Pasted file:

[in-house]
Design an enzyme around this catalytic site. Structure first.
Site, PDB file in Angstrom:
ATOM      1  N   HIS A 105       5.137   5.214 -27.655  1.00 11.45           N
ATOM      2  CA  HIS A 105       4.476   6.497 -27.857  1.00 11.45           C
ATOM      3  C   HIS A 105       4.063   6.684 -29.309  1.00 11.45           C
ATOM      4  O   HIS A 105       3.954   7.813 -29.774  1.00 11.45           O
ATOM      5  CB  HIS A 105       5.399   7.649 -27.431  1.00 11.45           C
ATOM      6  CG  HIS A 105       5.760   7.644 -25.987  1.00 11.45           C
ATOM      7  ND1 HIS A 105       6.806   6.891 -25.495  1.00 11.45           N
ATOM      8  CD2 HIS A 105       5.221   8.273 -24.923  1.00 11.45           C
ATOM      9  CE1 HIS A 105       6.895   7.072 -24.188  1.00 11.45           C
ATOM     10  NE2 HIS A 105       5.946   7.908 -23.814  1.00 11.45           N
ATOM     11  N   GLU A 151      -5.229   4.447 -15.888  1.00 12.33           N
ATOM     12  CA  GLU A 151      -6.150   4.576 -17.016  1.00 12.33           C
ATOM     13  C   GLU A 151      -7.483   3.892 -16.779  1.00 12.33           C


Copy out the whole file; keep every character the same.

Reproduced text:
[in-house]
Design an enzyme around this catalytic site. Structure first.
Site, PDB file in Angstrom:
ATOM      1  N   HIS A 105       5.137   5.214 -27.655  1.00 11.45           N
ATOM      2  CA  HIS A 105       4.476   6.497 -27.857  1.00 11.45           C
ATOM      3  C   HIS A 105       4.063   6.684 -29.309  1.00 11.45           C
ATOM      4  O   HIS A 105       3.954   7.813 -29.774  1.00 11.45           O
ATOM      5  CB  HIS A 105       5.399   7.649 -27.431  1.00 11.45           C
ATOM      6  CG  HIS A 105       5.760   7.644 -25.987  1.00 11.45           C
ATOM      7  ND1 HIS A 105       6.806   6.891 -25.495  1.00 11.45           N
ATOM      8  CD2 HIS A 105       5.221   8.273 -24.923  1.00 11.45           C
ATOM      9  CE1 HIS A 105       6.895   7.072 -24.188  1.00 11.45           C
ATOM     10  NE2 HIS A 105       5.946   7.908 -23.814  1.00 11.45           N
ATOM     11  N   GLU A 151      -5.229   4.447 -15.888  1.00 12.33           N
ATOM     12  CA  GLU A 151      -6.150   4.576 -17.016  1.00 12.33           C
ATOM     13  C   GLU A 151      -7.483   3.892 -16.779  1.00 12.33           C